I might be slightly biased, but I think these Refrigerator Zucchini Pickles are the best pickles ever. They're like sweet pickles or bread and butter pickles with a kick— a perfect blend of sweet, savory, crispy, and crunchy. Plus, they don’t require heat processing or canning, so you can whip them up in 30 minutes and keep them in the refrigerator for weeks.
Zucchini pickles are one of my favorite ways to use up all of that summer zucchini. And even though these are sweet (and spicy) zucchini pickles, trust me, they're a lot lower in carbs than our other all-time favorite zucchini recipe — zucchini bread!
I just really happen to love pickles or anything pickled (hello pickled red onions, Hatch chile peppers, or pickled green beans) for that matter.
One of these days I’m going to get over my fear of canning vegetables and getting (or giving someone else) botulism. I’d really love to learn how to make heat-processed pickles or fermented pickles that can sit in the pantry until I eat them one day in the middle of winter.
For right now though, I’m sticking to refrigerator pickles. Unlike fermented pickles that take weeks of sitting on your counter to develop their flavor, refrigerator quick pickles really are unbelievably fast to make. Of course, their flavor gets better if they swim around for a few days in their pickle brine, but honestly, you can eat this quick pickle recipe in about an hour.
Refrigerator vs Canned vs Fermented Pickles
Although they taste similar, there are some differences between refrigerator pickles, canned or heat-processed pickles, and traditionally fermented pickles.
Canned pickles or any other vegetables are heat-processed, which means you have to heat the closed jars in a water bath for a certain amount of time. That ensures any bacteria or microorganisms are destroyed and the jars are sealed for longer shelf storage. With canning, it's important to have the right amount of acid in your brine to prevent the growth of botulism spores. For low acid foods, you must use pressure canning.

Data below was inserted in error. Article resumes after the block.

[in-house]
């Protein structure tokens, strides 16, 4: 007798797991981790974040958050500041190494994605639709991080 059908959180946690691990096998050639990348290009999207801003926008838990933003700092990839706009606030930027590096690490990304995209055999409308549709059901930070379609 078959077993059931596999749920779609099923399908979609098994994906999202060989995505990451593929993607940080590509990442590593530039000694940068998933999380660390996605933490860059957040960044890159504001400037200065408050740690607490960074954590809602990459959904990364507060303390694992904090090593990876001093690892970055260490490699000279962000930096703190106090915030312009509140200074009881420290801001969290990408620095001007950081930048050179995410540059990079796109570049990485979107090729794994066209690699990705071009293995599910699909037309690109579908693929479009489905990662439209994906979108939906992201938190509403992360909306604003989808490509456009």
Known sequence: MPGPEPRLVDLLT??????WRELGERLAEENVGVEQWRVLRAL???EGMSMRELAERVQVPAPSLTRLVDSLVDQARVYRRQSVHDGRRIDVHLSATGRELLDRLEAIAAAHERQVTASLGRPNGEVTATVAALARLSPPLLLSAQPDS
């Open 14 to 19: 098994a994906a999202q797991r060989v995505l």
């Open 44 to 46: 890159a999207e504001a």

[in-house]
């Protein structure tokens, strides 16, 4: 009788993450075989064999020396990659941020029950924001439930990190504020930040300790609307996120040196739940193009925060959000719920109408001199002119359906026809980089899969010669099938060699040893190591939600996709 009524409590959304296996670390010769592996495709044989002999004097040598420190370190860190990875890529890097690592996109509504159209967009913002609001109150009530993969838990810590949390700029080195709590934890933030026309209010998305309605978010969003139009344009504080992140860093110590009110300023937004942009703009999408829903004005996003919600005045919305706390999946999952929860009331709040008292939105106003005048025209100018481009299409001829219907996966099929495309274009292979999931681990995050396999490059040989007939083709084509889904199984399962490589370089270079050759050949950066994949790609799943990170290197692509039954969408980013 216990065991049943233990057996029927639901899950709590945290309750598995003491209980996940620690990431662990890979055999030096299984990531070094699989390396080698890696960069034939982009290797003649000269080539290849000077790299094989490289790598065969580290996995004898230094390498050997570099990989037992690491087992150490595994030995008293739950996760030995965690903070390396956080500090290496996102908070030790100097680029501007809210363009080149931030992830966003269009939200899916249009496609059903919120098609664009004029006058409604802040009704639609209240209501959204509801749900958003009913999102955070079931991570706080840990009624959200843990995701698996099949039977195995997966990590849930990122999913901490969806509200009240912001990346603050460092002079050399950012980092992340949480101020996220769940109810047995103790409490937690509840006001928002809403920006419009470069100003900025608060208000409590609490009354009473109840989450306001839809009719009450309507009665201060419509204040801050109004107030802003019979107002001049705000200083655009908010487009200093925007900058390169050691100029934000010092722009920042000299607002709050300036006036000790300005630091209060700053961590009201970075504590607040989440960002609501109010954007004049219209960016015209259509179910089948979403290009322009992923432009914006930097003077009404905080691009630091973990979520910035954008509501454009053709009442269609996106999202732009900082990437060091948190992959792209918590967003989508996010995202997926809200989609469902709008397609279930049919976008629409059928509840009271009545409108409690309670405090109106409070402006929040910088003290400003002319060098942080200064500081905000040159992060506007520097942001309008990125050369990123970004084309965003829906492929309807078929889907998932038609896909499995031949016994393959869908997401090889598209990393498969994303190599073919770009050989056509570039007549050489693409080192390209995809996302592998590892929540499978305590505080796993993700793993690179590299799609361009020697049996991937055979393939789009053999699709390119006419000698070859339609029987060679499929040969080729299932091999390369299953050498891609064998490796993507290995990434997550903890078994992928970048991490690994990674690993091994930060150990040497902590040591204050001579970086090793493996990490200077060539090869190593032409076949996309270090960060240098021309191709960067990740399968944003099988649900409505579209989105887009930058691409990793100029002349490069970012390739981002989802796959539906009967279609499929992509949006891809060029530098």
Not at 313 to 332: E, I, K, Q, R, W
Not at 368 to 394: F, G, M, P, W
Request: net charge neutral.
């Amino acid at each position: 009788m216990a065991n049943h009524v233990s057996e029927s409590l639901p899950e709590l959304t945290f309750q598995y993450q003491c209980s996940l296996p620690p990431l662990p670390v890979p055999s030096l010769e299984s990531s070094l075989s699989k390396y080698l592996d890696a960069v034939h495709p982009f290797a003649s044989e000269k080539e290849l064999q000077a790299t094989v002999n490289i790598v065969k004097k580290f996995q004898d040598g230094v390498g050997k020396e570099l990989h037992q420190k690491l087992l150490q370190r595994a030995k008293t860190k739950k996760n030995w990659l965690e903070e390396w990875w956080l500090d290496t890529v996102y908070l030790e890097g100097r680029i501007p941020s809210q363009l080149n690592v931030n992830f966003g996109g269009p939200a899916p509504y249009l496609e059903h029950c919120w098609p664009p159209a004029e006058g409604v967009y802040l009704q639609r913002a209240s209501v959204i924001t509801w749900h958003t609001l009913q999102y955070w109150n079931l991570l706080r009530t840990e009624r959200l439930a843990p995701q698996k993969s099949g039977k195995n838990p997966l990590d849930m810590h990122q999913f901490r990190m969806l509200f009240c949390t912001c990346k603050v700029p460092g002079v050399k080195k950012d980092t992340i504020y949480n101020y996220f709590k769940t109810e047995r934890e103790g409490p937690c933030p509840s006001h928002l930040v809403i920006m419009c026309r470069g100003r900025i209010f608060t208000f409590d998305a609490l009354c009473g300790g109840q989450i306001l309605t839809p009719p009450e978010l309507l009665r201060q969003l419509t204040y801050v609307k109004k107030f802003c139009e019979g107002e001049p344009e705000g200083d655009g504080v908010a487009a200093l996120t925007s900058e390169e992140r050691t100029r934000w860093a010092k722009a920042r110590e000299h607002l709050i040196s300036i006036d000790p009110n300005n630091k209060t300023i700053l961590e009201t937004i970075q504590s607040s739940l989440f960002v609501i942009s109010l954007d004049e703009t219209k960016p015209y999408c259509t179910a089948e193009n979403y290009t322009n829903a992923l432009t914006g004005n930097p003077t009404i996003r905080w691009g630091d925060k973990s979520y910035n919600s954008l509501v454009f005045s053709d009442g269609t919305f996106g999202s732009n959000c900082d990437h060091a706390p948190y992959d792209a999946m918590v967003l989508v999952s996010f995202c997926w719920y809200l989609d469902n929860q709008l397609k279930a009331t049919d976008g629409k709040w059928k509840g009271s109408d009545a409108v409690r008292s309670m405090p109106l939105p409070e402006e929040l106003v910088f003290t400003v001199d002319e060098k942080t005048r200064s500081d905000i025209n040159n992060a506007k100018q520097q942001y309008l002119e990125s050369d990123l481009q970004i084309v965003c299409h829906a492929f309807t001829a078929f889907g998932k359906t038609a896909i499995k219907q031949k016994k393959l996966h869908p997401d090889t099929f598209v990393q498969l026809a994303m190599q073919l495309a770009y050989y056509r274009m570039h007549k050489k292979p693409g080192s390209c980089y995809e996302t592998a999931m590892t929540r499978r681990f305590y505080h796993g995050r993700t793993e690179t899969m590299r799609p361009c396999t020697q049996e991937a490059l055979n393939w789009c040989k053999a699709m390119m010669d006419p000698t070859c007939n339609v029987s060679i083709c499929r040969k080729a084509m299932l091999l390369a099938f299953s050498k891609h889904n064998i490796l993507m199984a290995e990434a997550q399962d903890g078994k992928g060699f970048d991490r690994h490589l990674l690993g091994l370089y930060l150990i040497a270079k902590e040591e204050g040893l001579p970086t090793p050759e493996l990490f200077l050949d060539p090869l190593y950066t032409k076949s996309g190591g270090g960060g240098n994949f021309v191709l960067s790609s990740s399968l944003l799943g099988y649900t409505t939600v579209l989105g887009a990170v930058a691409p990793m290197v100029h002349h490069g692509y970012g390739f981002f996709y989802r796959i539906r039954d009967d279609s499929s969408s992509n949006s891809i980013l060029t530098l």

Technically, you don't have to heat process fermented pickles. They're made with just salt, water, and herbs/spices. As they sit on your counter for a few weeks, they start to bubble and ferment. During the fermentation process, lactic acid forms, which prevents harmful bacteria from growing and gives fermented pickles their tangy, pickle flavor.
Fermented pickles will last for several months on the shelf if you heat process them when they're done. However, if you like fermented pickles for their probiotic bacteria, be aware that heat processing will destroy the bacteria.
You must store refrigerator pickles in the refrigerator even before you open the jar, or they'll spoil. They have a shorter unopened shelf life. Once opened, you should use them within a month but that's true with any pickling method. But there are still some advantages of the quick refrigerator method:
- Since you don't have to heat process your jars, these pickles stay crispy and crunchy. With heat processing, you run the risk of "cooking" your vegetables so they may soften.
- The vinegar in this brine reduces the risk of bacteria growing in the jar. That gives you more flexibility with your ingredients. You don't have to worry about measuring everything and exact amounts of acid or pH levels and botulism!
- You also don’t have to heat up your kitchen with huge pots of boiling water. Nor do you have to worry about processing times, or whether the lids on the jar are sealed well enough.
In short, with refrigerator pickling, you can be far more creative with your recipes and less fussy about your pickling technique, and that’s more my style.